Wednesday, June 8, 2016

9/11 The Falling Man (2006) NR 4 Stars

Very good documentary, tastefully done, about the worst day in modern U.S. history and in particular, one of it's most controversial photos published after the attacks on 9/11/2001.

The media quickly filled the newsstands with images of devastation and destruction of the terror attacks. It also filmed and published controversy images of people seemingly jumping to their deaths. One photo in a series taken by photographer Richard Drew, who just happened to be there, was labeled "The Falling Man." With it's powerful imagery, Drew captured the quiet and calmness of one man alone who felt there was no other choice. Many images were taken that day of people jumping/falling to their deaths but this one stood out symbolically. But after it's appearance in the next mornings news, it was "quickly airbrushed it out of history" due to it's gut wrench emotion no one wanted to continue to feel. The photograph was stifled and never seen again about being published on 9/12.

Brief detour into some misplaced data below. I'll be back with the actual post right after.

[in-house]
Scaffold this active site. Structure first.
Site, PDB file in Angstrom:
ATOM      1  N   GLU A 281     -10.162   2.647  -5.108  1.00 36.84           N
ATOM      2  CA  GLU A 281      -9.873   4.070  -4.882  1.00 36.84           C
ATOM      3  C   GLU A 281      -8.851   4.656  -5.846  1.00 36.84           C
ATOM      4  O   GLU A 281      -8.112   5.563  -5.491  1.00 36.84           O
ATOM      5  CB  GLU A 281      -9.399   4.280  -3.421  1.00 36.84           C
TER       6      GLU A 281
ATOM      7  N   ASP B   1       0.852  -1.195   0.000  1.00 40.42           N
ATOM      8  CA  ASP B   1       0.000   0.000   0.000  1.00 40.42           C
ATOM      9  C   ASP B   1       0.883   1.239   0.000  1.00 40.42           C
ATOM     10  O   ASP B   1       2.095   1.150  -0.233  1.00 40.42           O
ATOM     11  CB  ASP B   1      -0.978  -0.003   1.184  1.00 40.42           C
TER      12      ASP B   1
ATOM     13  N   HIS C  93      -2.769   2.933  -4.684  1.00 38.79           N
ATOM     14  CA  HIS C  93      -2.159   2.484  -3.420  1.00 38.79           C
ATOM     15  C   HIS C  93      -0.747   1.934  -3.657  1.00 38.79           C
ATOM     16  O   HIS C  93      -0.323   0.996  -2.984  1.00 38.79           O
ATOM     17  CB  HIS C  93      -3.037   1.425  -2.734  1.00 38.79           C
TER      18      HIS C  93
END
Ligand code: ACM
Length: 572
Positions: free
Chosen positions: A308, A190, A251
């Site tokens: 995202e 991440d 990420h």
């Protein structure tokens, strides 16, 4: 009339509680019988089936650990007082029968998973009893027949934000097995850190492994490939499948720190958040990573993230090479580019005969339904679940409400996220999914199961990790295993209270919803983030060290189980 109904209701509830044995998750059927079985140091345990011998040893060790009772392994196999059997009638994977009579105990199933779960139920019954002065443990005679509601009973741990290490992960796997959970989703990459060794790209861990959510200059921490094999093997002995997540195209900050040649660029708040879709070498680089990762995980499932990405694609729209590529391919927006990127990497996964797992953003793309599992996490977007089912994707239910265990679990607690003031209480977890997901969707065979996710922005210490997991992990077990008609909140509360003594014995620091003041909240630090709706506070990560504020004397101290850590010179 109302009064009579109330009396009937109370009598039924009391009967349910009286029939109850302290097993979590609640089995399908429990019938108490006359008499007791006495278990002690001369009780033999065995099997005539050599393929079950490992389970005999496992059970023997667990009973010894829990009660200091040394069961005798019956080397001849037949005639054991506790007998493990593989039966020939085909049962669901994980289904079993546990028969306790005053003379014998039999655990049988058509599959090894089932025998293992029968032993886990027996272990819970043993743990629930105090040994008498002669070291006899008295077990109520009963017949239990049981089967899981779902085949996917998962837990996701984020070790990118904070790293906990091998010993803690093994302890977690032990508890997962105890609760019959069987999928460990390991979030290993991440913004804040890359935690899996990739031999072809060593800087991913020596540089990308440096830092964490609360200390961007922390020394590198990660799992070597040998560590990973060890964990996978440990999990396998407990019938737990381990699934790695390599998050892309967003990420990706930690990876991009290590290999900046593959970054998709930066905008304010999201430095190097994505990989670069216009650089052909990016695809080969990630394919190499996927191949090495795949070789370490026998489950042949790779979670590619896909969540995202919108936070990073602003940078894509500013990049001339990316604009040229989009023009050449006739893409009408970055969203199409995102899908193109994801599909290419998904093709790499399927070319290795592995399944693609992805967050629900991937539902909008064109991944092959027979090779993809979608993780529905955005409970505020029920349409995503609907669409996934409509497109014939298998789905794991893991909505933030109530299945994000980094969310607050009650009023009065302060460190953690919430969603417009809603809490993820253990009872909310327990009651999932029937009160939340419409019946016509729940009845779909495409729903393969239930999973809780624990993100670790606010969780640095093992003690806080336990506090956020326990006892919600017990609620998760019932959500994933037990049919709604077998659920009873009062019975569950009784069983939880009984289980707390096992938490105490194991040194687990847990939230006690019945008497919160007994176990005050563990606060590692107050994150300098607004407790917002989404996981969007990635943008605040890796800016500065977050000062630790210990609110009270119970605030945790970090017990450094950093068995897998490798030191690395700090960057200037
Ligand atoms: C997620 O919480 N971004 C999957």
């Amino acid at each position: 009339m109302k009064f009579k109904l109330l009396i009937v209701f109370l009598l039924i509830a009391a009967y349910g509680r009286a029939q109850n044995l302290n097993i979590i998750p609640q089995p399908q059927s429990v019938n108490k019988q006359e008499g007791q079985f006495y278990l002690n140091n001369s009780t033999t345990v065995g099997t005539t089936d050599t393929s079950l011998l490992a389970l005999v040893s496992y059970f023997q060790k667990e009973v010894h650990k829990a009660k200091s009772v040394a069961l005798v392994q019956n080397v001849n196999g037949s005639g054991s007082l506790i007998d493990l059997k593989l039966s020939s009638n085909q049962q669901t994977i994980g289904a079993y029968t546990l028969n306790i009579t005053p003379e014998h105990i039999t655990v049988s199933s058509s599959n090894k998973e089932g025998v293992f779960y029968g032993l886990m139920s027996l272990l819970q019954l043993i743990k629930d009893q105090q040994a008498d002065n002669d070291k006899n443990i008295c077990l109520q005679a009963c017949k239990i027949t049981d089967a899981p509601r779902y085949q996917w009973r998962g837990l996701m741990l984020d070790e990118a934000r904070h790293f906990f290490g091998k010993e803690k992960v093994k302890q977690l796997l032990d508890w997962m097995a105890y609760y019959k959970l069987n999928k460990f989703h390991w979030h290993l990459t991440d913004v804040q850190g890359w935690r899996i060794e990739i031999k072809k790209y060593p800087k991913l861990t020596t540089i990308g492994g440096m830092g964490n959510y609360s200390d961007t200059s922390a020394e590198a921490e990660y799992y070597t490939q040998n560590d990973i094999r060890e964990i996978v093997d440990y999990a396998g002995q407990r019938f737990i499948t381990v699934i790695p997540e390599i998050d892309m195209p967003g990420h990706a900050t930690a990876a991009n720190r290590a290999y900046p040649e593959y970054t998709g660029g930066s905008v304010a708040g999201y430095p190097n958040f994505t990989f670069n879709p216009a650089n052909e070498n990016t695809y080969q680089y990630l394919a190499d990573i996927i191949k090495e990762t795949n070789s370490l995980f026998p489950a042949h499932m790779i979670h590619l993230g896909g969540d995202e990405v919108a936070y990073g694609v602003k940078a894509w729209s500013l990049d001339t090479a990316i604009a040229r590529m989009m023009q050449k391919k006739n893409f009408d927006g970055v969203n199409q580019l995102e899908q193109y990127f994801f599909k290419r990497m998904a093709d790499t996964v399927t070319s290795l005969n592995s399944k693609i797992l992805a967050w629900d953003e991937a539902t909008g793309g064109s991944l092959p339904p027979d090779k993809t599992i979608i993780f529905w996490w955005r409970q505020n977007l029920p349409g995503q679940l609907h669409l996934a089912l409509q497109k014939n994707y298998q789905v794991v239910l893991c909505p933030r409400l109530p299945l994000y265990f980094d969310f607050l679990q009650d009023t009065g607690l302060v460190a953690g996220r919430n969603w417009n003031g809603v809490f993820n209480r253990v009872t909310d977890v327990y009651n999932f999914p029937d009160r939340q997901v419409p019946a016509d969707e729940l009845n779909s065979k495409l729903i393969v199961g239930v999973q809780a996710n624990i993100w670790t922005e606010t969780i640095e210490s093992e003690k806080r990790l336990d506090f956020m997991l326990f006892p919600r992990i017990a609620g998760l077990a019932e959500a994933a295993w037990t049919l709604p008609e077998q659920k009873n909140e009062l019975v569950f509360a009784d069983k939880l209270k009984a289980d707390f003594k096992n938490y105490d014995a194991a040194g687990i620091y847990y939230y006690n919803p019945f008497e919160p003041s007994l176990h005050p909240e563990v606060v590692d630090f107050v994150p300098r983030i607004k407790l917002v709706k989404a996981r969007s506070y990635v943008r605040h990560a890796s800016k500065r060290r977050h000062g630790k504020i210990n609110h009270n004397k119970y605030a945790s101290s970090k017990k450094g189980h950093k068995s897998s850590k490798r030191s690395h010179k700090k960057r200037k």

I remember viewing that photo and it was very hard to look at yet I couldn't look away. The images were quickly replaced with images of the heroic side of America coming together in the face of disaster. To prove you couldn't keep America down. But it's hard to imagine looking out of a window so high in the sky and thinking, yep I'm jumping. One can only imagine those horrific last moments of these victims lives.

The documentary follows one journalist who is committed to finding out the identity of this one brave man who seems so calm looking falling to his death. Like many others that day, who felt the better choice was to jump rather than burn, one can only imagine being faced with their options. But while trying to identify the man, one family's religious beliefs are shattered when the journalist tells them he believes it's their beloved father, brother and husband. They are unable to rest knowing his soul would go to hell by taking his own life. When it is finally revealed it is not their beloved, they can finally accept his death in peace. Even though the film finds a pretty good idea of who this man is, the film establishes the strength of the photo speaks for itself of the terror of that horrific day.

Like the tomb of the unknown soldier in, the picture represents everyone who lost their lives that day especially those who had felt they had no other option but to jump.

2007 New York Festival - Best Documentary - Henry Singer

Darlow Smithson Productions
Director: Harry Singer
Writers: Tom Junod
Producers: Harry Singer, Sue Bourne, John Smithson
I viewed 5/16

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